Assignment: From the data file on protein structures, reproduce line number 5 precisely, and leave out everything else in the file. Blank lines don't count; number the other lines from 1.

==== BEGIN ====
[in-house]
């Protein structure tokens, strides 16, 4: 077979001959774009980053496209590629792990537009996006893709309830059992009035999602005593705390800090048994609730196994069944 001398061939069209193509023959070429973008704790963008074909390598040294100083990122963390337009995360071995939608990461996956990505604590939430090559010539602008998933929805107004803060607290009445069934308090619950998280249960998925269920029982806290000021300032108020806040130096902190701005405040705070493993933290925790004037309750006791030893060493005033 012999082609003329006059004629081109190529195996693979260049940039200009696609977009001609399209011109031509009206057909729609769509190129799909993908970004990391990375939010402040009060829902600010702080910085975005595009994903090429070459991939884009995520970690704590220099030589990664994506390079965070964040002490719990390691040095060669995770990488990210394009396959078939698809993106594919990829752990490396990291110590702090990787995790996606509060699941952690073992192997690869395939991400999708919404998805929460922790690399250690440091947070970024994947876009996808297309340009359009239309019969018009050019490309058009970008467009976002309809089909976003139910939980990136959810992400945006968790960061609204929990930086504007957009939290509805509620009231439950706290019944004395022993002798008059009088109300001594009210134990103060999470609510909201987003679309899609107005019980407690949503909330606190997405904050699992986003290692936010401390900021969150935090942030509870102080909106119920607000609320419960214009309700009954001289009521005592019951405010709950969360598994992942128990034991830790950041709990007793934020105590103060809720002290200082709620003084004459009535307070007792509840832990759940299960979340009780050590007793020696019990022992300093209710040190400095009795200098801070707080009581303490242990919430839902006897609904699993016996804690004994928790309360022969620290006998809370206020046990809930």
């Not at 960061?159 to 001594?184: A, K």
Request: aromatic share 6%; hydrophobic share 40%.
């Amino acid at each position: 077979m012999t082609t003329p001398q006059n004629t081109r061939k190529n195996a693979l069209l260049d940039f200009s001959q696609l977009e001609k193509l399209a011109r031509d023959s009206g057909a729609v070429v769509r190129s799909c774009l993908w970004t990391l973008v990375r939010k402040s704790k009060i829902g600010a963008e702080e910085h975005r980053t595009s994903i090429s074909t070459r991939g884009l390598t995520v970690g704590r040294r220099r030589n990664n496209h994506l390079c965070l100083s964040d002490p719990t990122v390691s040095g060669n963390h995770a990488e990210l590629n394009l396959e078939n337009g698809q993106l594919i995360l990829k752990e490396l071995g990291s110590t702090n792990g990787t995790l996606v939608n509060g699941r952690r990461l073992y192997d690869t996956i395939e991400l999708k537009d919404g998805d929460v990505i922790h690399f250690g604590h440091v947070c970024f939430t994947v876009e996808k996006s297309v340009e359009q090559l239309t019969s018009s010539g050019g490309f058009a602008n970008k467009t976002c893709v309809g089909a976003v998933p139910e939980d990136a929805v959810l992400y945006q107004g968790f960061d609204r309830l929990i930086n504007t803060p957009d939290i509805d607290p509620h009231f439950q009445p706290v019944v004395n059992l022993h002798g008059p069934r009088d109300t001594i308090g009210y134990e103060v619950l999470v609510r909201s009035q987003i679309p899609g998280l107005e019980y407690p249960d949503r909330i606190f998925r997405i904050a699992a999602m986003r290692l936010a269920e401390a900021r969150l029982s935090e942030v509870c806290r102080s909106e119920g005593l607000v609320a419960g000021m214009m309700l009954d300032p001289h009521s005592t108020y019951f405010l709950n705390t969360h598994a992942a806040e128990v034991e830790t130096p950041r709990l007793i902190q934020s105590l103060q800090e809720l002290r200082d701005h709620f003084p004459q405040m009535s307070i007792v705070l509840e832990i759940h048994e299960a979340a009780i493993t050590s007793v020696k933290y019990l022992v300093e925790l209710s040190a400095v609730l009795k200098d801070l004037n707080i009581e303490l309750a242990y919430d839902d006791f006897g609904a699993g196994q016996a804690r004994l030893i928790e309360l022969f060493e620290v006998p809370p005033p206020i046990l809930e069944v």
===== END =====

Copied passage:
């Amino acid at each position: 077979m012999t082609t003329p001398q006059n004629t081109r061939k190529n195996a693979l069209l260049d940039f200009s001959q696609l977009e001609k193509l399209a011109r031509d023959s009206g057909a729609v070429v769509r190129s799909c774009l993908w970004t990391l973008v990375r939010k402040s704790k009060i829902g600010a963008e702080e910085h975005r980053t595009s994903i090429s074909t070459r991939g884009l390598t995520v970690g704590r040294r220099r030589n990664n496209h994506l390079c965070l100083s964040d002490p719990t990122v390691s040095g060669n963390h995770a990488e990210l590629n394009l396959e078939n337009g698809q993106l594919i995360l990829k752990e490396l071995g990291s110590t702090n792990g990787t995790l996606v939608n509060g699941r952690r990461l073992y192997d690869t996956i395939e991400l999708k537009d919404g998805d929460v990505i922790h690399f250690g604590h440091v947070c970024f939430t994947v876009e996808k996006s297309v340009e359009q090559l239309t019969s018009s010539g050019g490309f058009a602008n970008k467009t976002c893709v309809g089909a976003v998933p139910e939980d990136a929805v959810l992400y945006q107004g968790f960061d609204r309830l929990i930086n504007t803060p957009d939290i509805d607290p509620h009231f439950q009445p706290v019944v004395n059992l022993h002798g008059p069934r009088d109300t001594i308090g009210y134990e103060v619950l999470v609510r909201s009035q987003i679309p899609g998280l107005e019980y407690p249960d949503r909330i606190f998925r997405i904050a699992a999602m986003r290692l936010a269920e401390a900021r969150l029982s935090e942030v509870c806290r102080s909106e119920g005593l607000v609320a419960g000021m214009m309700l009954d300032p001289h009521s005592t108020y019951f405010l709950n705390t969360h598994a992942a806040e128990v034991e830790t130096p950041r709990l007793i902190q934020s105590l103060q800090e809720l002290r200082d701005h709620f003084p004459q405040m009535s307070i007792v705070l509840e832990i759940h048994e299960a979340a009780i493993t050590s007793v020696k933290y019990l022992v300093e925790l209710s040190a400095v609730l009795k200098d801070l004037n707080i009581e303490l309750a242990y919430d839902d006791f006897g609904a699993g196994q016996a804690r004994l030893i928790e309360l022969f060493e620290v006998p809370p005033p206020i046990l809930e069944v």